Deputy Broughan welcomes today’s announcement that Spinraza is approved for children with spinal muscular atrophy (SMA) following a long and difficult campaign by families of children affected by this rare, muscle-wasting disease. In Ireland. there are around 70 people, 26 of whom are children, with SMA. It is the number one genetic cause of death for infants worldwide and will affect around 1 in 11,000 babies born worldwide each year. Spinraza or Nusinersen is produced by Biogen and has been the first treatment for Spinal Muscular Atrophy (SMA). It was available in most of the other European countries but not in Ireland.
Deputy Broughan recently submitted a Private Members’ Motion on Spinraza and it is now on the clár of the Dáil. The motion is supported by Deputies Thomas Pringle, Joan Collins, Clare Daly, Mick Wallace, Catherine Connolly, Maureen O’Sullivan, Gino Kenny, Bríd Smith, and Richard Boyd Barrett and Deputy Broughan hopes for an early opportunity to debate the motion.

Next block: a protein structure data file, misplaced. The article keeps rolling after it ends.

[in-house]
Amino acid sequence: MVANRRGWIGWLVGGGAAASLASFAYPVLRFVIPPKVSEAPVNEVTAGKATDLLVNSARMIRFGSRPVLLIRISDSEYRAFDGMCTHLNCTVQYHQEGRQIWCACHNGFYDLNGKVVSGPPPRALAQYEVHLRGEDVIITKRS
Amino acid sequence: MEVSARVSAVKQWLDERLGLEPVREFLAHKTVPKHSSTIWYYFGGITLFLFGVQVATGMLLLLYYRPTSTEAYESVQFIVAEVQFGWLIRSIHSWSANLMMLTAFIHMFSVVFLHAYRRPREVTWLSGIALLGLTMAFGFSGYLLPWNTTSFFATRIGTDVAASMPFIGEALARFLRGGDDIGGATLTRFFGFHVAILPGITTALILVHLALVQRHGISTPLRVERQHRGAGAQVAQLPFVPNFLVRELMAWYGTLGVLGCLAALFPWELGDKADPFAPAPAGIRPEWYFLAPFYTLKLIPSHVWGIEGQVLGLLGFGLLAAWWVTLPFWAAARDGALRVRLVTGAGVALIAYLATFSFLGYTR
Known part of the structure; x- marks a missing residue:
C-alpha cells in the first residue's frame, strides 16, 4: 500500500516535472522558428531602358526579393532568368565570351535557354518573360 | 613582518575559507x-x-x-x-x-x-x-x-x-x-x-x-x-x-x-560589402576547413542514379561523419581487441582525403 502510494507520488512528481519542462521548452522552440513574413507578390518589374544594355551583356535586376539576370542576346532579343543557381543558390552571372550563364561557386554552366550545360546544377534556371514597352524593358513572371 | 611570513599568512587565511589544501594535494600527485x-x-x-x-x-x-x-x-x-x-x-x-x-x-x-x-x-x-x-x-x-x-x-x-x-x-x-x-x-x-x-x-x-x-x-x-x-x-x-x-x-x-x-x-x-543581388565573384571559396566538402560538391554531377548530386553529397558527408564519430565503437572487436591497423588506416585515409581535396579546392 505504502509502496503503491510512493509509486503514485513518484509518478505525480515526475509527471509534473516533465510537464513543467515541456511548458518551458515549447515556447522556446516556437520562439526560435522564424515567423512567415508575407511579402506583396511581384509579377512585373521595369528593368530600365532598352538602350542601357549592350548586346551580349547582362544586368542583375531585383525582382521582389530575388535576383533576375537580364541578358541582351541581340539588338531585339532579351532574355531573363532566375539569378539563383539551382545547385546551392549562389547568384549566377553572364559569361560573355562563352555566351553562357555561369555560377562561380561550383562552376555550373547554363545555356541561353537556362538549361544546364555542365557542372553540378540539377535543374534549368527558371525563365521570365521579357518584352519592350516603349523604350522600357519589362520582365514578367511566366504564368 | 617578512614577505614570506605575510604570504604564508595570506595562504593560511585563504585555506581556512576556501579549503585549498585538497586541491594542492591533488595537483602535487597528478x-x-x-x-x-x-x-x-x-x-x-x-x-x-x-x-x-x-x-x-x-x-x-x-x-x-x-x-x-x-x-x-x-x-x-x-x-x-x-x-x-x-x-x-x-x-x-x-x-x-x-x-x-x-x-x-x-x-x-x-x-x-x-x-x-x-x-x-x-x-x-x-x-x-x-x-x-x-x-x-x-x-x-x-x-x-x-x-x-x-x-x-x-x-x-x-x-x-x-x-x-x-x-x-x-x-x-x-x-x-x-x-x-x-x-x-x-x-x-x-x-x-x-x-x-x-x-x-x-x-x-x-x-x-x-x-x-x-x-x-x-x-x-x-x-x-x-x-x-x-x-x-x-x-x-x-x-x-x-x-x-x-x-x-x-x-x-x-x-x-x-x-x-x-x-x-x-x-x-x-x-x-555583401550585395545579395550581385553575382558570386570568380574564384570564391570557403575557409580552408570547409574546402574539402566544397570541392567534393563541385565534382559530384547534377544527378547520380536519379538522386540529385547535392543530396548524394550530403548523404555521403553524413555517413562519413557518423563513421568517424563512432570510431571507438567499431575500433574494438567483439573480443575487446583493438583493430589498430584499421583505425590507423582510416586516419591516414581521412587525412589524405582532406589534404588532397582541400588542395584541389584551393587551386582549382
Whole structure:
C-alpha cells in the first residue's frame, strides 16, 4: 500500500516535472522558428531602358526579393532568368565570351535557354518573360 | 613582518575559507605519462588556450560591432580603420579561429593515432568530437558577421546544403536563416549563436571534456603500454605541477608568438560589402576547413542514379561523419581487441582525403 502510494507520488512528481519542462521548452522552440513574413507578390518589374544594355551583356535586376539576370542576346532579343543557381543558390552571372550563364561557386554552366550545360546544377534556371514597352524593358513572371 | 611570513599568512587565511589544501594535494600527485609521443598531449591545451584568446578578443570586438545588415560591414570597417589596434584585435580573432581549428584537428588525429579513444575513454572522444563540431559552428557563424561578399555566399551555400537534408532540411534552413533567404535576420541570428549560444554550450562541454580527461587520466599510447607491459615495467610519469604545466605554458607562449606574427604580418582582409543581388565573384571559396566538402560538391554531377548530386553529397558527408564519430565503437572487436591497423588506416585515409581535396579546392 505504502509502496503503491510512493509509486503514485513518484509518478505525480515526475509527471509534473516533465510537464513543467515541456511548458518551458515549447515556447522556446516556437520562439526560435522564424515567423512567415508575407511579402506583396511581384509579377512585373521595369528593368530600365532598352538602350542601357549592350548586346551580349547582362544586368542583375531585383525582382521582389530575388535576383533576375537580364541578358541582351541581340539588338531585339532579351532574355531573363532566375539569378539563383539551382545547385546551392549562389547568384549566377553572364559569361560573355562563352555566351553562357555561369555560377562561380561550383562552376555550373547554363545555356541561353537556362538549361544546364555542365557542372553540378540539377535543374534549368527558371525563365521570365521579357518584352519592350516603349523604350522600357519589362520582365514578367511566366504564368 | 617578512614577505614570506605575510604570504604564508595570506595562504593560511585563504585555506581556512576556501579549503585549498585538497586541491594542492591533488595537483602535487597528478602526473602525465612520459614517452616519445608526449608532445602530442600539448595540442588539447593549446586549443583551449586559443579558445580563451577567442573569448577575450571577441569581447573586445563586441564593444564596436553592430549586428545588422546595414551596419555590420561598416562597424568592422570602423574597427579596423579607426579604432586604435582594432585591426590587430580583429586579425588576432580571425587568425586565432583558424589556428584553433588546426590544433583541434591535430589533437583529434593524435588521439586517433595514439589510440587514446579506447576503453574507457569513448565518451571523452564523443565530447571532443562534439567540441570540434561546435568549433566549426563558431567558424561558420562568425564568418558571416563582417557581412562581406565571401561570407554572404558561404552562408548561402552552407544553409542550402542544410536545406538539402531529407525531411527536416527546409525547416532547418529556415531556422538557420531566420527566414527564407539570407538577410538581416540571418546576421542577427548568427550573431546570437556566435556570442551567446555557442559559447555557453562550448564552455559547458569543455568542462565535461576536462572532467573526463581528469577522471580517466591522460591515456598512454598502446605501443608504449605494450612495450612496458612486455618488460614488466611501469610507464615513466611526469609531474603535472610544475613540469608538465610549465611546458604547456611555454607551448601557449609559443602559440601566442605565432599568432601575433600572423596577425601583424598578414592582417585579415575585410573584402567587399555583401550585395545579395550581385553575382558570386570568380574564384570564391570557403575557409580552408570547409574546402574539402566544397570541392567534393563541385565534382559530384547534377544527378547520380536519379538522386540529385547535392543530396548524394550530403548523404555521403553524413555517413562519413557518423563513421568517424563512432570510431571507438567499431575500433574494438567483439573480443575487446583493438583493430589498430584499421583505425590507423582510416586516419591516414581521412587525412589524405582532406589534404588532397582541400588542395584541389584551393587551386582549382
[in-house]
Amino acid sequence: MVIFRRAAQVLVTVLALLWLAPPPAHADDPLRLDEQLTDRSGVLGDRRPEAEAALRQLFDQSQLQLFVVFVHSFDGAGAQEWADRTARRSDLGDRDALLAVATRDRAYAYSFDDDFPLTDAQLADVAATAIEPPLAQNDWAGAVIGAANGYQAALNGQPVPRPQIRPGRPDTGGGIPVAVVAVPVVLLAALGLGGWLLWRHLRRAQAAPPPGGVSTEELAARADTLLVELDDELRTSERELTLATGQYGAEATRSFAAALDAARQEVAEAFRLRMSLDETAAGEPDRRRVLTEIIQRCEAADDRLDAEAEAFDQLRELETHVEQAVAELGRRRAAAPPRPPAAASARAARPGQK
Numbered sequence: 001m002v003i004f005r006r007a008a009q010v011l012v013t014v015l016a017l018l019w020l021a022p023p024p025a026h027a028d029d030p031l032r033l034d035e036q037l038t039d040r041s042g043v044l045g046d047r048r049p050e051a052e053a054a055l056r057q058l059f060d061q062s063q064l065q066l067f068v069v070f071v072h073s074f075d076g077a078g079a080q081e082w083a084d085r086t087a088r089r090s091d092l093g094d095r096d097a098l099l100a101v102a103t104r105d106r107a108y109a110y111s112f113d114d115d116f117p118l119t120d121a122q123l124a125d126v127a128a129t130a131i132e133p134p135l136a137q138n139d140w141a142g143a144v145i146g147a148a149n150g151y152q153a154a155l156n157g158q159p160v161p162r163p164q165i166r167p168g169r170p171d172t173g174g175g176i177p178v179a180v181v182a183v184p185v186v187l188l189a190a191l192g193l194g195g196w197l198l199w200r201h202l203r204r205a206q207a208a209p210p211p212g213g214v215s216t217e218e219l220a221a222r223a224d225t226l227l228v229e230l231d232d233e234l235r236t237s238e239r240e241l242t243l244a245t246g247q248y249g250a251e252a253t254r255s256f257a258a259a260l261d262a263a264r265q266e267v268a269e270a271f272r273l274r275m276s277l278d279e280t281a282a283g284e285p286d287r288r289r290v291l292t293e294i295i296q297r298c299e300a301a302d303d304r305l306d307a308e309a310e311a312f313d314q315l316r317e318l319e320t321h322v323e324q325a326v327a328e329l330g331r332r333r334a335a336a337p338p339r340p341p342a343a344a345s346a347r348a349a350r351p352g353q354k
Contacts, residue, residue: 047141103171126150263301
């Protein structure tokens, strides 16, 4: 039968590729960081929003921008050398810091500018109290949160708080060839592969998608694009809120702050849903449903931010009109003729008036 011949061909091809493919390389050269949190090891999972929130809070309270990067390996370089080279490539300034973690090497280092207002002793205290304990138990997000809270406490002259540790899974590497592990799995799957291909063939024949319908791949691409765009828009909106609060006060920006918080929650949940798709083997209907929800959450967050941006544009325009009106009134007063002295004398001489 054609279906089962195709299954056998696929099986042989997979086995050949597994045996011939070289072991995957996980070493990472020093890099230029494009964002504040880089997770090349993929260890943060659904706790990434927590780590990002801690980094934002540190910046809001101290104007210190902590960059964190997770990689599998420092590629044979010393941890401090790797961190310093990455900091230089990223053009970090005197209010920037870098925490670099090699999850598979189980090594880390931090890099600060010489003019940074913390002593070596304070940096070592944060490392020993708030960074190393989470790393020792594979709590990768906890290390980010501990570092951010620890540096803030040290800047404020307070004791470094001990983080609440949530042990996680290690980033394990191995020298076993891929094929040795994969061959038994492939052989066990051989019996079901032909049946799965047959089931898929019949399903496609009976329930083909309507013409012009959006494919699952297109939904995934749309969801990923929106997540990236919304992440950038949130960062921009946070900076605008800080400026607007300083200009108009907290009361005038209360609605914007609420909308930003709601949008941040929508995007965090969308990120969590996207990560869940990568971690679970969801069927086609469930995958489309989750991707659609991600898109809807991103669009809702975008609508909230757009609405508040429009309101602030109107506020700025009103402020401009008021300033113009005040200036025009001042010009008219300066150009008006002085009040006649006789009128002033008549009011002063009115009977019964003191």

There are approximately 70 people, including 26 children, in Ireland with Spinal Muscular Atrophy (SMA), which is a rare and life-limiting muscle-wasting condition. SMA is the number one genetic cause of death for infants worldwide and will affect around 1 in 11,000 babies born worldwide each year. Spinraza or Nusinersen, which is produced by Biogen, is the first treatment for Spinal Muscular Atrophy (SMA) and is available in 25 of the 28 countries in the European Union but in February 2019, the HSE did not approve Spinraza for reimbursement in Ireland and negotiations with Biogen are ongoing.
Yesterday was International Rare Disease Day, which has been celebrated in Ireland since 2008. Deputy Broughan consistently raises the issue of rare diseases and access to medicines and treatments for various rare diseases in Dáil Éireann.
According to the HSE website “A ‘rare disease’ is defined in Europe as a life-threatening or chronically debilitating disease affecting no more than 5 people per 10,000. There are an estimated 6-8,000 known rare diseases affecting up to 6% of the total EU population, (at least 30 million Europeans), and perhaps up to 300,000 Irish people during their lives.